Advertisement

Language

  • David Fontana
Chapter
  • 63 Downloads
Part of the Psychology for Professional Groups book series (PPG)

Abstract

If you were asked to try to imagine a world without language, your first response would probably be that such a world would lack the means of proper communication. Without language, individuals would be unable to communicate anything other than the most rudimentary matters to each other. But if you thought further you would realize that a world without language would also be a world without thought. Or rather a world without complex thought. It is possible to think without language (using images, tactile sensations), but not at the kind of level we take for granted in even the simplest of daily activities. When humans developed language, their evolution took a quantum leap forward, not just in the ability of individuals to share their thinking with others, but in the quality and scope of that thinking.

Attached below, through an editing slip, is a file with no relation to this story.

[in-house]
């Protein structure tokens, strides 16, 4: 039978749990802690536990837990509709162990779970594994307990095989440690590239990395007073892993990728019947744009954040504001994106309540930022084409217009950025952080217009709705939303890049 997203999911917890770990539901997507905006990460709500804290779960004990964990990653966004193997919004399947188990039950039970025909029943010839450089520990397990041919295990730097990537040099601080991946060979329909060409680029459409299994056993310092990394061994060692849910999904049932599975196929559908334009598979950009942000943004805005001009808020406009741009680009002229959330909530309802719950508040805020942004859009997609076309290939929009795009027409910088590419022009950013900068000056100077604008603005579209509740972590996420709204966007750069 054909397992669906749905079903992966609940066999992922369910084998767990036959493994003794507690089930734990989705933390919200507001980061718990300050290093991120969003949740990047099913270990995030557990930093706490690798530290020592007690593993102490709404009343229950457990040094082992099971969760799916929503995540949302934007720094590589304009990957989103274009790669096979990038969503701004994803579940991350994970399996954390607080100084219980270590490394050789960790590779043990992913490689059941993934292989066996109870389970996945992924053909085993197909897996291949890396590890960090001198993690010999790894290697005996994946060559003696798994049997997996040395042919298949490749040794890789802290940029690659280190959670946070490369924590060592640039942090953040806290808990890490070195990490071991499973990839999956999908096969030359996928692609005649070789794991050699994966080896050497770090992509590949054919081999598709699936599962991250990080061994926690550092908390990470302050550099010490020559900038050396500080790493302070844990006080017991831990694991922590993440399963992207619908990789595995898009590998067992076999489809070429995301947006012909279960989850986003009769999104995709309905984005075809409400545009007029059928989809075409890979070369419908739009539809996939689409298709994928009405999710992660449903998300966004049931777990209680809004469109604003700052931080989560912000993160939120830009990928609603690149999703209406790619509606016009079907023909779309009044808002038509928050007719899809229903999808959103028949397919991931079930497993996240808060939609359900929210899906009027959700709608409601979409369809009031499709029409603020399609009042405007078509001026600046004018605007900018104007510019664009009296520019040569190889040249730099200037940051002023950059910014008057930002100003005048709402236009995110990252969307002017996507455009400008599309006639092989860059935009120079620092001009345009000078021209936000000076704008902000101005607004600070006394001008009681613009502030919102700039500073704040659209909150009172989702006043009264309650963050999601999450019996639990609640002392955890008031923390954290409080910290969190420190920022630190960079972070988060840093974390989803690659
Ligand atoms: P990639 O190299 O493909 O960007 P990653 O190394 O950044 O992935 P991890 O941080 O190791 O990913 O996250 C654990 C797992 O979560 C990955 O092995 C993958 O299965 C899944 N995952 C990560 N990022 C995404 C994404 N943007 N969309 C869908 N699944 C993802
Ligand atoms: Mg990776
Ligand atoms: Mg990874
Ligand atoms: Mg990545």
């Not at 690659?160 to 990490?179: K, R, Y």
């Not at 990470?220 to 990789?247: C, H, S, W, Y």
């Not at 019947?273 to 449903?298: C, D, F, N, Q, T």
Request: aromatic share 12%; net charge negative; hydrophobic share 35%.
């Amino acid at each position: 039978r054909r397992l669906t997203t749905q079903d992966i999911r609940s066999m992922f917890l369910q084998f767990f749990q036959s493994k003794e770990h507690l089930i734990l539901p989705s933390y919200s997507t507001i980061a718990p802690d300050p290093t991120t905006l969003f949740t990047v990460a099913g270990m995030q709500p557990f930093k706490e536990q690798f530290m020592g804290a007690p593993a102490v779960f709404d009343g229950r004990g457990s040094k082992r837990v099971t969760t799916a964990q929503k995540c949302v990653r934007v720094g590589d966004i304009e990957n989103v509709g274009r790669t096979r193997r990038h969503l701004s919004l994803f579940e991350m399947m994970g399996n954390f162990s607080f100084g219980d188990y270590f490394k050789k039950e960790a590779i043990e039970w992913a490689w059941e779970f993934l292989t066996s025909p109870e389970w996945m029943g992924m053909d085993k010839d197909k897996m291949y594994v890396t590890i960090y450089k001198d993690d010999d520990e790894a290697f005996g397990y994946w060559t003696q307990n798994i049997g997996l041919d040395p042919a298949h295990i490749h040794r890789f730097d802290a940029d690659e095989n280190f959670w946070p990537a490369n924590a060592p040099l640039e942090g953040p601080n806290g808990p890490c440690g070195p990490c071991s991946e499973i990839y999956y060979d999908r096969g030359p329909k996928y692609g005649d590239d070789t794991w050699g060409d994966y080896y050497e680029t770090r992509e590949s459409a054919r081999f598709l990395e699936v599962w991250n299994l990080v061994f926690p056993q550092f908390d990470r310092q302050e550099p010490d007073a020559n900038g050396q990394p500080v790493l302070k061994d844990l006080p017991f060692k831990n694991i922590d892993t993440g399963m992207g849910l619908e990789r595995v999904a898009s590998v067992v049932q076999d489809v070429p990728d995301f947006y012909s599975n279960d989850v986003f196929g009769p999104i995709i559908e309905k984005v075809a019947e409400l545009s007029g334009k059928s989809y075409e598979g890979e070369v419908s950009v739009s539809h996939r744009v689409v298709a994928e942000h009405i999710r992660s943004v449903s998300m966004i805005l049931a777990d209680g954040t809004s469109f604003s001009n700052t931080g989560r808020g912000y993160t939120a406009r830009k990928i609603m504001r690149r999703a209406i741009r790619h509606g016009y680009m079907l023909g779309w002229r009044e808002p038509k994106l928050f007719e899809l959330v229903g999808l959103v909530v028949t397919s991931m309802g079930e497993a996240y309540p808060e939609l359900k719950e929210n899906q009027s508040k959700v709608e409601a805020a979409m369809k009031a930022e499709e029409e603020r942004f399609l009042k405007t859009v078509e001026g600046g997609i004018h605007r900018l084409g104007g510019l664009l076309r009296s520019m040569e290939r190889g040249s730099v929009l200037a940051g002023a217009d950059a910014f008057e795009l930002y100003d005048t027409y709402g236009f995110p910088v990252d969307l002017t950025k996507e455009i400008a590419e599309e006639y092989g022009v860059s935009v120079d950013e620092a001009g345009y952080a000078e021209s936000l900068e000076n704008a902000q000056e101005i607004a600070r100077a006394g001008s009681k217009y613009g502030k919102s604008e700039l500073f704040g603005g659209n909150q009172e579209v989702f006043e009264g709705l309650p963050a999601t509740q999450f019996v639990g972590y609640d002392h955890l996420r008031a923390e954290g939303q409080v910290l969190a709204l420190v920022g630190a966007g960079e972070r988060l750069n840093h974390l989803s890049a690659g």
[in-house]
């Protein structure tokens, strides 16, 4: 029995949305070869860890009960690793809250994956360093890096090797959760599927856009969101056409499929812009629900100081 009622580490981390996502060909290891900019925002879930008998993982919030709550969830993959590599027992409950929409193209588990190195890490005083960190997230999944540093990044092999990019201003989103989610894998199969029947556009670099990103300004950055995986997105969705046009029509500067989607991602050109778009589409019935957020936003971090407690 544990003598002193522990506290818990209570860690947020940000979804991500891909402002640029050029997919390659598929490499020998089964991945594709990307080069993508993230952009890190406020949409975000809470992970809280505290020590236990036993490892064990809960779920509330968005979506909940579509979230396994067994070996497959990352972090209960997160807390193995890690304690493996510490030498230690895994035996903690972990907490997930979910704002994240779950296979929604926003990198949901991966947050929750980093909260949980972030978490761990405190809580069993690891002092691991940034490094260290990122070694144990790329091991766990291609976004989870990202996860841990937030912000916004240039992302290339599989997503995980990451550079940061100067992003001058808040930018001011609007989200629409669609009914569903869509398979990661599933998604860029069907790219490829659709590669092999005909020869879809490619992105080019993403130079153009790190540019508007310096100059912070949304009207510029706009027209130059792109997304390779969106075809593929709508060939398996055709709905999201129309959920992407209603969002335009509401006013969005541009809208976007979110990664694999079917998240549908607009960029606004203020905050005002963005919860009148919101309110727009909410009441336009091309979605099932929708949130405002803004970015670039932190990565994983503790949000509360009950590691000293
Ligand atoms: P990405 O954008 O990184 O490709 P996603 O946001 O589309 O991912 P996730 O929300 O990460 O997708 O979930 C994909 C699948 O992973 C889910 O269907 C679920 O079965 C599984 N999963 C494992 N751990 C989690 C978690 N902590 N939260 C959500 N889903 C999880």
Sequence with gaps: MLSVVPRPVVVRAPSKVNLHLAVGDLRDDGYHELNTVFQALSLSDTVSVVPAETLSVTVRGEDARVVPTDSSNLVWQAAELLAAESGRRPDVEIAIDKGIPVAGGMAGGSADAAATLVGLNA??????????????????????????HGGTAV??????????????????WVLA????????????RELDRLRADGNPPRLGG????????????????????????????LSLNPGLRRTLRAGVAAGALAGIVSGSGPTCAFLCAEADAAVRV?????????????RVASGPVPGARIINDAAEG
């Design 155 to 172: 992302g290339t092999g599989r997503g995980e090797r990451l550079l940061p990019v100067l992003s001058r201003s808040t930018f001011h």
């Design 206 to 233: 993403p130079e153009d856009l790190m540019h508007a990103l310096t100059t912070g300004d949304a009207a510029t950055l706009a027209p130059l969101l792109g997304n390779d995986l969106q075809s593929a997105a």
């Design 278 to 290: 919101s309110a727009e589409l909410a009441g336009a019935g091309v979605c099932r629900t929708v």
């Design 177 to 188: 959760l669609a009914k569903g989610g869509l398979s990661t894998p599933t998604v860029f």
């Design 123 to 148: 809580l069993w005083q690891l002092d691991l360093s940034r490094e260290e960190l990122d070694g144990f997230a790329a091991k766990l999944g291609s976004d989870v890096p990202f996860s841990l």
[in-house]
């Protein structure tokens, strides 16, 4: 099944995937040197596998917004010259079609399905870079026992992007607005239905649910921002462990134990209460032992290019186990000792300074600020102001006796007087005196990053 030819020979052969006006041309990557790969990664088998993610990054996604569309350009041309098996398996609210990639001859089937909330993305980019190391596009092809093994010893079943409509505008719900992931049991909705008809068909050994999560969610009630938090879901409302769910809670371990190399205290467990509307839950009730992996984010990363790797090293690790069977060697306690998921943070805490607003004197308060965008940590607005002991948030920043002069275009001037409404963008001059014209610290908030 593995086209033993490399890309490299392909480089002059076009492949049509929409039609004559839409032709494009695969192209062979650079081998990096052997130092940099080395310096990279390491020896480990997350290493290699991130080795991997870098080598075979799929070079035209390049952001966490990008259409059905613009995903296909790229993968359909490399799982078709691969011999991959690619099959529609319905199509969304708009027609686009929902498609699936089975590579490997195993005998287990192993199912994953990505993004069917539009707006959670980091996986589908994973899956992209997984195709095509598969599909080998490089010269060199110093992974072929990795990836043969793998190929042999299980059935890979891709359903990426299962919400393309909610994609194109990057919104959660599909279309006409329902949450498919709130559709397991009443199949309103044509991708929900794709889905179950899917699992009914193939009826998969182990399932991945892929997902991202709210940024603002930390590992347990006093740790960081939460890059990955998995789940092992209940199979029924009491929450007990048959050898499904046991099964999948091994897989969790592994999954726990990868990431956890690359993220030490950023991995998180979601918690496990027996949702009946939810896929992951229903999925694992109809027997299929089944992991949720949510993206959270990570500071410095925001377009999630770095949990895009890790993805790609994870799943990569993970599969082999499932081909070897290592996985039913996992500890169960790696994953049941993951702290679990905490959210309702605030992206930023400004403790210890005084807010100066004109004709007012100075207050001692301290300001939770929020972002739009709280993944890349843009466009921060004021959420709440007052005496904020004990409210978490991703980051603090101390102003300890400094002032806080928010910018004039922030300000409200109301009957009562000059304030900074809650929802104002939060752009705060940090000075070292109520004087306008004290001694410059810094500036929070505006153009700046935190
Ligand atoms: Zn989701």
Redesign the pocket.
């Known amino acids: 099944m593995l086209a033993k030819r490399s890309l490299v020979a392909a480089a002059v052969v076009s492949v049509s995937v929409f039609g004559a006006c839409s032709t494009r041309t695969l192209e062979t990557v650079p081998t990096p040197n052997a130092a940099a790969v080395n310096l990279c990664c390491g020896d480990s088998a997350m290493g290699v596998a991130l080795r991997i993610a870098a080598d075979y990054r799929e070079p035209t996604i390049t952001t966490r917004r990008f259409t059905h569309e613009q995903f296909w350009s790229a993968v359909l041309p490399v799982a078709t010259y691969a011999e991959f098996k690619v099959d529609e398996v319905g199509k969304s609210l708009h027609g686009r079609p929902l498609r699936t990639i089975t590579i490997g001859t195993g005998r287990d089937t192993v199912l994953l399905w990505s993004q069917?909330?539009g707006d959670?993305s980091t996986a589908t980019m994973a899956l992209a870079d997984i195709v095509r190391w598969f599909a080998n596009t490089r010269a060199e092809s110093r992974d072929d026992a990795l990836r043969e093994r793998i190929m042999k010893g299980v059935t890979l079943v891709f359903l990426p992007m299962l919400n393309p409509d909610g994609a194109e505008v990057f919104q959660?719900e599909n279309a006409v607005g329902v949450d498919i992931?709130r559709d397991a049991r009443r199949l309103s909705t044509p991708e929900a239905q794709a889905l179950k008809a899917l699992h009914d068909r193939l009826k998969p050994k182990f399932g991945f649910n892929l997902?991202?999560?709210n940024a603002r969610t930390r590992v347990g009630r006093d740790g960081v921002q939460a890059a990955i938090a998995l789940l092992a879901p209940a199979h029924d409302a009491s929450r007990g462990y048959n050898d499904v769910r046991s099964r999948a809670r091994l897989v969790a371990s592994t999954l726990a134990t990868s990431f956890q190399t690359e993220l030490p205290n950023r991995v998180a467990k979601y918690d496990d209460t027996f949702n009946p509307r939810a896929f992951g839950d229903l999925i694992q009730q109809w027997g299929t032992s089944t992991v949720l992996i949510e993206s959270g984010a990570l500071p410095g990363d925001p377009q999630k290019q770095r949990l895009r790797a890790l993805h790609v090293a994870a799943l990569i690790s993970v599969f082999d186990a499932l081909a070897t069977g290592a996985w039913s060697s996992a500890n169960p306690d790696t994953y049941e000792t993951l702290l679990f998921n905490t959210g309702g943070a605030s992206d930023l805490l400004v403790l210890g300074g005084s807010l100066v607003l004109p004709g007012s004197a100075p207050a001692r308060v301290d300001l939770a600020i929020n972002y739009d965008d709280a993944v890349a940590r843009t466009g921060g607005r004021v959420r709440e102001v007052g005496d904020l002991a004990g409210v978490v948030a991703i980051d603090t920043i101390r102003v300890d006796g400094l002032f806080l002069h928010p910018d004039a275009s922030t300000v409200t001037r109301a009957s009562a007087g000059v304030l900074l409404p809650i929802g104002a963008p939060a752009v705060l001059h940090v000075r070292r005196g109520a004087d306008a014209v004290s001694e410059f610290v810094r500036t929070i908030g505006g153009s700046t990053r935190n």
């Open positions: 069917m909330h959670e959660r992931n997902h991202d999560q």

Preview

Unable to display preview. Download preview PDF.

Unable to display preview. Download preview PDF.

References

  1. Barnes, D. (1971) Language in the Secondary Classroom. In D. Barnes, J. Britton and H. Rosen Language, the Learner and the School, revised edn. Harmondsworth: Penguin.Google Scholar
  2. Bates, E., O’Connell, B. and Shore, C. (1987) Language and communication in infancy. In J.D. Osofsky (Ed.) Handbook of Child Development, 2nd edn. New York: Wiley.Google Scholar
  3. Bernstein, B. (Ed.) (1975) Class, Codes and Control. Vols I-III. London: Routledge & Kegan Paul.Google Scholar